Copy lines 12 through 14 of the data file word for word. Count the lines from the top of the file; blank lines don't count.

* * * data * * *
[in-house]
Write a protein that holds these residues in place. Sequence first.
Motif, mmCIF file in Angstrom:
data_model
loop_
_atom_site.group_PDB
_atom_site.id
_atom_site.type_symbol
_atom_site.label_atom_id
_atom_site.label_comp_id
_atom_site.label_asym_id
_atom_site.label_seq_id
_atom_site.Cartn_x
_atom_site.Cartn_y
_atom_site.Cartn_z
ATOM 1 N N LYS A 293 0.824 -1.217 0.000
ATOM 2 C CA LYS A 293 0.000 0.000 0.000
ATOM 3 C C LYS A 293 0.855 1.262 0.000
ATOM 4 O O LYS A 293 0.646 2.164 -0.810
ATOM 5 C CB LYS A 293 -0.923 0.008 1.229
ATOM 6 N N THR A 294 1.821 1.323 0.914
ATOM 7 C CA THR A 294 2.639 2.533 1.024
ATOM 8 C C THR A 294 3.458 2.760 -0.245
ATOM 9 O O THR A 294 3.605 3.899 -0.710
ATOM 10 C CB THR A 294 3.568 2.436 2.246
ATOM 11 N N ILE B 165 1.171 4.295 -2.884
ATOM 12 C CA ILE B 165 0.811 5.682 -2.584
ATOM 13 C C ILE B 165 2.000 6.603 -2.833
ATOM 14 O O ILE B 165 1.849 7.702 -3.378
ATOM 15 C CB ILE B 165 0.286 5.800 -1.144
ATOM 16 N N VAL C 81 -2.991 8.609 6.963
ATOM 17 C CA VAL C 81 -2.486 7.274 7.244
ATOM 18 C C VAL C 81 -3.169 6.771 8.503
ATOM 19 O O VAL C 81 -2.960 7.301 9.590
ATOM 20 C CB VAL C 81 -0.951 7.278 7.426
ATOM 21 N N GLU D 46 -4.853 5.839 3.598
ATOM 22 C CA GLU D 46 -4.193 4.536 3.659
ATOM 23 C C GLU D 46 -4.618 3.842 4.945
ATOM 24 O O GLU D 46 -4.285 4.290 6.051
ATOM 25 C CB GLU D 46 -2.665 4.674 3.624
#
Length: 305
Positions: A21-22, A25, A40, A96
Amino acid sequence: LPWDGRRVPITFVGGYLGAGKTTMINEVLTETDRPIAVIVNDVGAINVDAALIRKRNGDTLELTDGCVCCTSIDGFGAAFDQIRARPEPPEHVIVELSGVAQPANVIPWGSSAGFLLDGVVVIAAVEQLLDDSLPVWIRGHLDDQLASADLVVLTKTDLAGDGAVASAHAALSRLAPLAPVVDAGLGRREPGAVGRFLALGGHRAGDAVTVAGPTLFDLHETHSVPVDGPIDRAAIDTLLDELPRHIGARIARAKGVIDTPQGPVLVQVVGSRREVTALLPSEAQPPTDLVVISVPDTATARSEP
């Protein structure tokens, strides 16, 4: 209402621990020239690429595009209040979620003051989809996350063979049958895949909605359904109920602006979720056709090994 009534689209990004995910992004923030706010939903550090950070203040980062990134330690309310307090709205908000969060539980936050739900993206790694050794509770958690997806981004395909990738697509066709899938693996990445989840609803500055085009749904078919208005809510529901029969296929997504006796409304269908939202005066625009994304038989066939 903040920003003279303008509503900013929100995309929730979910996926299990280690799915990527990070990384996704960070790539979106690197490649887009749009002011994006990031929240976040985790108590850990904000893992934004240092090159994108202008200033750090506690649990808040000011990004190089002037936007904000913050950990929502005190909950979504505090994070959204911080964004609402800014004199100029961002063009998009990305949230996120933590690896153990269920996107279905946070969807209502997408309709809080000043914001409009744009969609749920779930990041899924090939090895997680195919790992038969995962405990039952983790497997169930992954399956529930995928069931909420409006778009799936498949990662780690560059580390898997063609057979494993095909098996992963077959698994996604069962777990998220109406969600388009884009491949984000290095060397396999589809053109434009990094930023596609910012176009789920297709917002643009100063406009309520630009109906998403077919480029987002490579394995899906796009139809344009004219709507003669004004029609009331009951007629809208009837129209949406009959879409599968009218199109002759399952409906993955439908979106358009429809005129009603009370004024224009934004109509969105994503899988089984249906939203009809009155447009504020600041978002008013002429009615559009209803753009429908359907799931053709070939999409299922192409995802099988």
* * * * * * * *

_atom_site.label_seq_id
_atom_site.Cartn_x
_atom_site.Cartn_y